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Me thinks your "seeming" is kinda somewhat lacking in/of reasoned thought..

 

Both the mammalian eyes and the insect eyes are "compound" eyes ...... with the basic difference being ..... how they are, per se, "packaged".

 

Like delboy alluded to above, .... a compound eye with 10 thousand lenses and photoreceptors on the front, ..... or a compound eye with a single lens on the front and 10 thousand photoreceptors behind it.

 

To wit:

 

 

A truly remarkable sight would be to view .......

 

Life Through The Eyes Of The Mantis Shrimp

 

Semantics don't circumvent the fact that the consensus of biologists define the compound eyes of a fly differently than the simple eye of a mammal.

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Semantics don't circumvent the fact that the consensus of biologists define the compound eyes of a fly differently than the simple eye of a mammal.

 

The fact is, you do not speak for this biologist, ..... nor any biologist that I'm aware of.

 

And speaking biologically, ....

 

compound eyes - an eye consisting of an array of numerous small visual units, as found in insects and crustaceans.

 

simple eyes - a small eye of an insect or other arthropod that has only one lens, typically present in one or more pairs.

 

 

And mammalian eyes are not adjudged by biologists to be either compound or simple.

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The fact is, you do not speak for this biologist,

I don't need to speak for anyone, it's common knowledge.

 

 

And mammalian eyes are not adjudged by biologists to be either compound or simple.

Also wrong, a simple eye is just the general case that an eye contains a single lens and is extended to any animal, including humans https://en.wikipedia.org/wiki/Simple_eye_in_invertebrates

"The eyes of humans and large animals, and camera lenses are classed as "simple" because in both cases a single lens"

Edited by SFNQuestions

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I don't need to speak for anyone, it's common knowledge.

 

Also wrong, a simple eye is just the general case that an eye contains a single lens and is extended to any animal, including humans https://en.wikipedia.org/wiki/Simple_eye_in_invertebrates

"The eyes of humans and large animals, and camera lenses are classed as "simple" because in both cases a single lens"

 

 

My source says different.

 

Q: What is the difference between compound eyes and simple eyes?

 

A: Quick Answer

Compound eyes are essentially large clusters of simple eyes that are functionally capable of discerning images, whereas simple eyes only detect changes in light level. Compound eyes are found in many types of arthropods, and range from the relatively simple to the very complex. Regardless of their complexity, however, few arthropod eyes approach the acuity of vertebrate or cephalopod eyes, especially the keener vision of species, such as humans.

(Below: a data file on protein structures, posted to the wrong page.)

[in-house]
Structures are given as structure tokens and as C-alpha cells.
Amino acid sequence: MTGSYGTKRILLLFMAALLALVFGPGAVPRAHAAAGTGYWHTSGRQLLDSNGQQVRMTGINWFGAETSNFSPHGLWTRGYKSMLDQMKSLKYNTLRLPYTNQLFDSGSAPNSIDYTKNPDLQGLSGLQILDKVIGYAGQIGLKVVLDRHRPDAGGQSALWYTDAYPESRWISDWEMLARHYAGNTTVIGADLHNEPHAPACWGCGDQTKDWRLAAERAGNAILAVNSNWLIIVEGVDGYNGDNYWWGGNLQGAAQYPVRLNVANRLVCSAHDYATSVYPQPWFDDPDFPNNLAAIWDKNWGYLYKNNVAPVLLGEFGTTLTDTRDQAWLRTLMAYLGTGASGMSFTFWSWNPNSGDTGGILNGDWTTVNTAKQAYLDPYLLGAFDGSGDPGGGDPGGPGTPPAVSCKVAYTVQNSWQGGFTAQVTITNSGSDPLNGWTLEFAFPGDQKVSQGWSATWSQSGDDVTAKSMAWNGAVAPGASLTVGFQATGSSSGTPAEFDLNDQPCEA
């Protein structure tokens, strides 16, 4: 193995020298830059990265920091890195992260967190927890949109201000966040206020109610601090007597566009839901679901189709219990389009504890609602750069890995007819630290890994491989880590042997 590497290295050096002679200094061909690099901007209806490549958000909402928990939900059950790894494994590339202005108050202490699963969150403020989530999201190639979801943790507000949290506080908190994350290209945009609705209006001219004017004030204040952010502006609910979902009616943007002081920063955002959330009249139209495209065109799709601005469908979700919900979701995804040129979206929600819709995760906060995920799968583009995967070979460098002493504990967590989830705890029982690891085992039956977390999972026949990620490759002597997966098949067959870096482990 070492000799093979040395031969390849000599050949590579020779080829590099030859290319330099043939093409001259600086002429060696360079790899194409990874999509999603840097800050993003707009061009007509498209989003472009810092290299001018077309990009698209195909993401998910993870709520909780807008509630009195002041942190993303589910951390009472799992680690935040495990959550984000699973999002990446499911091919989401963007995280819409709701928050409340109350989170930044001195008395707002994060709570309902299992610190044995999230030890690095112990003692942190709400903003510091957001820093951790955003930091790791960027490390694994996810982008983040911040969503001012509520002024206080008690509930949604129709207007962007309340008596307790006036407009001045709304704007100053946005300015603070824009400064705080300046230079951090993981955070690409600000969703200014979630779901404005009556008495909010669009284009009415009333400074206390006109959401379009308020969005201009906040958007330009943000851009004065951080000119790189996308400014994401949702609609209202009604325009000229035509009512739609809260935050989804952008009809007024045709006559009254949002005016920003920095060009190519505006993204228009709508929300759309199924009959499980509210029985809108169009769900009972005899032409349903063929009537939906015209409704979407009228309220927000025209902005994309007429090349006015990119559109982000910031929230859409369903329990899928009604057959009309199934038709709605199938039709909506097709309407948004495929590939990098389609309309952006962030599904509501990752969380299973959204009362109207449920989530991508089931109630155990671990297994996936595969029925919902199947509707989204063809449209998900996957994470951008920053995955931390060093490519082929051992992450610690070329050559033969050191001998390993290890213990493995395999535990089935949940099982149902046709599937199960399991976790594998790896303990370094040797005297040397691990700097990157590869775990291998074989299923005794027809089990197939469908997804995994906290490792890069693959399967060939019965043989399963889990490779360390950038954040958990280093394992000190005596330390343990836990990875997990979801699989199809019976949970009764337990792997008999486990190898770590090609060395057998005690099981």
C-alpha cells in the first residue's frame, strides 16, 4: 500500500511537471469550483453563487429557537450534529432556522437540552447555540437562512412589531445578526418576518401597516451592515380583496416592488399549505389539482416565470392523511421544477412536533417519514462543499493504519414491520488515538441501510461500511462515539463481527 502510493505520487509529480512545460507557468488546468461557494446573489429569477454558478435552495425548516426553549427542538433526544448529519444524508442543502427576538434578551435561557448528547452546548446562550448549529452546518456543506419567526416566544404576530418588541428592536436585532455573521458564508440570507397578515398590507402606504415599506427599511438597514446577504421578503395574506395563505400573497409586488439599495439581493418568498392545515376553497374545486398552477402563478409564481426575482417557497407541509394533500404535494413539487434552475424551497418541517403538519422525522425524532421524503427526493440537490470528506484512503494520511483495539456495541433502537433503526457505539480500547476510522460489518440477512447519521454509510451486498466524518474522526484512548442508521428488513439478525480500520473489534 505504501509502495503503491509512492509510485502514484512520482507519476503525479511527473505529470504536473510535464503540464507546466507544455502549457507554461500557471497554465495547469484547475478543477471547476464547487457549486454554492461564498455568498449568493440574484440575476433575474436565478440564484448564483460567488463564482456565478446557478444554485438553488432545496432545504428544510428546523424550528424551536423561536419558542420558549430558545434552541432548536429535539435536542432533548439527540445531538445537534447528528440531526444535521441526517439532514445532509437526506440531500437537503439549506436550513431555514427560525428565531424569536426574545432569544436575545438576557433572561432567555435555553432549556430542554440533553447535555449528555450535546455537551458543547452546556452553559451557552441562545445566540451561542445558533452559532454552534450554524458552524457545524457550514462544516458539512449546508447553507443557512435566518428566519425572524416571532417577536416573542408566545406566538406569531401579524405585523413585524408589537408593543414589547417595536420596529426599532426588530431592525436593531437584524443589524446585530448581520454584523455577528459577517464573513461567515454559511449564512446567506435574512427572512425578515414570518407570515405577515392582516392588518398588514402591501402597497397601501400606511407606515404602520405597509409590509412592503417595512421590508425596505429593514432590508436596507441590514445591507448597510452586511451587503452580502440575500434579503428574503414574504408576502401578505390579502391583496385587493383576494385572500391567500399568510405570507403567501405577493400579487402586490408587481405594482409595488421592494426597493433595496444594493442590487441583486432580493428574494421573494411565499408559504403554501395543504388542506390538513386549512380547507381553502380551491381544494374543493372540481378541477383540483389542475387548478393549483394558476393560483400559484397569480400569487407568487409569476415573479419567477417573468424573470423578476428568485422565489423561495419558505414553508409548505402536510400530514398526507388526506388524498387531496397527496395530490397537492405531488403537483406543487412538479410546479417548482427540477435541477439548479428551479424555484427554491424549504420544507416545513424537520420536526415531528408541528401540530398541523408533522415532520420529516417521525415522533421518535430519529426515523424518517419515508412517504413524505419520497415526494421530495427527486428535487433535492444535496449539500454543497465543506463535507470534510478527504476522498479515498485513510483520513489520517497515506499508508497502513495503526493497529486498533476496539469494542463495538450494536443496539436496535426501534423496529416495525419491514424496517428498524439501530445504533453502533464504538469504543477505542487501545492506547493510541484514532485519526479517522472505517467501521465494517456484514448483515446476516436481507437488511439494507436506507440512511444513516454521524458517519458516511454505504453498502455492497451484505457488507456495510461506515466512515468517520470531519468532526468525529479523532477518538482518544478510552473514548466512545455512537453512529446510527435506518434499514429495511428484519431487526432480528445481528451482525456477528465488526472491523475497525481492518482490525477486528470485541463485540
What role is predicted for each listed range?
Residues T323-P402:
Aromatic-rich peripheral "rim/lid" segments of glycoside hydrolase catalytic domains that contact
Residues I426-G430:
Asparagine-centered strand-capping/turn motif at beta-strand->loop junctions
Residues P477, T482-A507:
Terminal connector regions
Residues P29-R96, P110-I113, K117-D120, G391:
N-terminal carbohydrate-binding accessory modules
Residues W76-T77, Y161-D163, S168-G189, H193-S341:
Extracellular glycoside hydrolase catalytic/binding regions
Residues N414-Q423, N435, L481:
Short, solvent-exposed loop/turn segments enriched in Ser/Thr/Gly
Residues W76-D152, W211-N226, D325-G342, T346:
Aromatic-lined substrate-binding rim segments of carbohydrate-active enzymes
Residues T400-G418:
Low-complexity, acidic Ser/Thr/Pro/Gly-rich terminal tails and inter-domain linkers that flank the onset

Continue Reading

 

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The arthropod eye is nothing like mammalian eyes with very different developmental and evolutionary histories. Conflating those serves no purpose. What you refer as "simple eye" most likely refers to the ommatidium which in itself is vastly different from the far more complex mammalian eye. That being said, in some ways arthropod eyes are in some way the consequence of certain developmental decisions (so to speak) including having a convex bulge as an optical unit.

Of course, in evolution there is little sense to try to predict complex traits and even with seemingly simple ones it is typically not quite possible (except, perhaps, under highly controlled conditions with very finely-tuned selective pressures). But it one can probably state clearly that at least in animals that have developed eyes there is little reason to assume that they will change to a completely different anatomical unit. The developmental changes required would be too massive (presumably).

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When animals originally evolved the compound eyes, they were exploiting a niche that was vacant at the time.

Seeing animals were deriving great advantage over their rivals by evolving eyes, of the different sorts.

 

Now, the situation is entirely different. Animals that have no eyes at present, wouldn't get the same advantage from an eye, because that niche is well and truly exploited by animals that can see much better than they possibly could.

 

So I think the answer to the OP is a highly likely no. Not unless the clock was reset, and all seeing animals went extinct.